I first met Sandhiya Ramaswamy as a student at the California College of Ayurveda. I remember first hand her exuberant energy so vividly. Her knowledge of Ayurveda, coupled with her vibrant stories of India made for an engaging experience. Born in India, she has lived in the US for over fifteen years. Working in the corporate world for many years, and battling Asthma since she was a child caused havoc on her health, which led her to seek treatment in the Science of Ayurveda. Growing up in India she was not “born with an Ayurvedic spoon in her mouth,” she muses. She watched her Mother and Grandmother practice it as a child, but this was the first time Sandhiya viewed Ayurveda as a holistic science and a holistic way of living life.
Ayurveda is just that, a science of life (Ayur= life, Veda = science or knowledge). It is the art of living in harmony with nature. In 2010 Sandhiya became an Ayurvedic Clinic and Panchakarma Specialist from the California College of Ayurveda, where she is currently a faculty member as well. She has a private practice where she offers Ayurveda consultations and body therapies. She teaches workshops on Ayurveda and on Ayurveda inspired vegetarian cooking throughout the Orange County area. Sandhiya shares joyfully, “After meandering into the corporate world for many years, I have finally come back home to my roots of cooking and Ayurveda.”
Letʼs talk doshas… what are they? In Ayurveda they are the principles known as mind-body types, expressing particular patterns of energy in the subtle body. There are three doshas: Vata (air and ether), Pitta (fire and water), and Kapha (earth and water). These elements combine to form our constitution known as doshas. We have all three doshas present in us, though one or two can be more dominant than the other. Doshas are intrinsically our own individual map, a guide, giving us ways to achieve optimal health and harmony within our body and mind. Sandhiya describes the three doshas in the animal world equivalent. “We have the butterfly flittering from flower to flower gathering nectar, they are the life of the party, very vivacious,” these are the creative types known as Vata (air and ether). Pitta is mostly fire and a little water, represented by the bull. “Especially when they are not in balance it’s a bull in a china shop,” she laughs. Pittas are the natural born leaders, they get things done. The last is Kapha, a combination of water and earth, described as the “slow moving gentle elephant, wonderful supporters, very loyal, they don’t rock the boat, and tend to be followers.” Sandhiya explains further, “The doshas when in balance keep us healthy, it is when they get out of balance (through our diet and lifestyle habits) that disease happens.”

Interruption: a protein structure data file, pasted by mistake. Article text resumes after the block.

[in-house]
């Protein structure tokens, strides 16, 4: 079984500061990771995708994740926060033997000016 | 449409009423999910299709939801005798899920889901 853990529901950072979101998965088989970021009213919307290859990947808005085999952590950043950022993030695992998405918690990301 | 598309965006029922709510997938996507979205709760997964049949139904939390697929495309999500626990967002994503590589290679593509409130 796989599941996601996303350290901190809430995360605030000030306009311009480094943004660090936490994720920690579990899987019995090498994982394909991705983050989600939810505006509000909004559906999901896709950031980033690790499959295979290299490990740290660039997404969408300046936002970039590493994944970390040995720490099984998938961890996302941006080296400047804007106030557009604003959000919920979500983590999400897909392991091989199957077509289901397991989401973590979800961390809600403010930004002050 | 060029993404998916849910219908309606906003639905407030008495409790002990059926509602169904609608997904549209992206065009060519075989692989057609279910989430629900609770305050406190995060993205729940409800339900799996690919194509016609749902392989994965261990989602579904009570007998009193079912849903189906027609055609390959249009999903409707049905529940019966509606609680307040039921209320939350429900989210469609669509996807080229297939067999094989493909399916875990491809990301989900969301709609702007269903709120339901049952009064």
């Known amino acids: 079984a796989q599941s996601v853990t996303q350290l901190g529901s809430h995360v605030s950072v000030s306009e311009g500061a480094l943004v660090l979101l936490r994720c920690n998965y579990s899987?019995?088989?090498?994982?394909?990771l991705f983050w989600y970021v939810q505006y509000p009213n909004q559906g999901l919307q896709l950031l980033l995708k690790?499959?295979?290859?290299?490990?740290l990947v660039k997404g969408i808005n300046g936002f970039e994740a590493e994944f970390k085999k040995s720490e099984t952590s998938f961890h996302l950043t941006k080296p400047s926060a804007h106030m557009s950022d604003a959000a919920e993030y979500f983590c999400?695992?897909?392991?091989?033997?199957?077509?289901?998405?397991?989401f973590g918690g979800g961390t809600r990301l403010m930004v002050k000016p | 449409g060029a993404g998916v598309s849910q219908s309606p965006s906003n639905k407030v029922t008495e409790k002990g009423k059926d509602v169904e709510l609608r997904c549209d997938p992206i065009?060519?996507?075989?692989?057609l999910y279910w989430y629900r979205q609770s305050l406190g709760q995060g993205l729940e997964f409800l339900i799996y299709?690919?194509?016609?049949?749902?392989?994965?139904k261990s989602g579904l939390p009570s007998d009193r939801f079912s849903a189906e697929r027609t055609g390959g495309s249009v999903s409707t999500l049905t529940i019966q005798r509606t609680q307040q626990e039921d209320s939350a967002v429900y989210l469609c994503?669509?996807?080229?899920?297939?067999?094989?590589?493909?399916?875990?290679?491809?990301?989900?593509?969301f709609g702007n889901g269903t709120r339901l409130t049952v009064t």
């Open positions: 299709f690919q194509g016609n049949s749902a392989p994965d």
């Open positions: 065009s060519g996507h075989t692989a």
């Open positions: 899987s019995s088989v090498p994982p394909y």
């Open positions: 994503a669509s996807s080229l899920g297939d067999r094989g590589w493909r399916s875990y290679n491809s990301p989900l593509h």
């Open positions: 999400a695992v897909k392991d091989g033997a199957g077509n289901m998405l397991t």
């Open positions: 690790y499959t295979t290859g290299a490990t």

I recently had the pleasure of sitting down with Sandhiya over a delicious cup of Chai she prepared for us, and asked her some questions about Ayurveda and Yoga.
Q: How can Ayurveda expand or benefit one’s Yoga practice?
According to David Frawley,“Yoga and Ayurveda are two sides of the same coin.” Ayurveda is the sister science of Yoga; it is the science of self healing and Yoga is the science of Self Realization. When the western students went to India in the sixties to learn Yoga they brought the physical practice but not so much the Yogic diet and lifestyle practices, which is what Ayurveda is all about. However, it is very heartening to see the growing interest in Ayurveda today. Yoga studios are introducing Ayurvedic workshops, talks, and consultations. It’s wonderful! So you see, Yoga and Ayurveda are very much intertwined. I always try to encourage people that go to a yoga class… if you go for just the physical benefit (asana practice) it’s like just having the icing on a cake. After all, Yoga means union — uniting with our own true nature as divine spirit!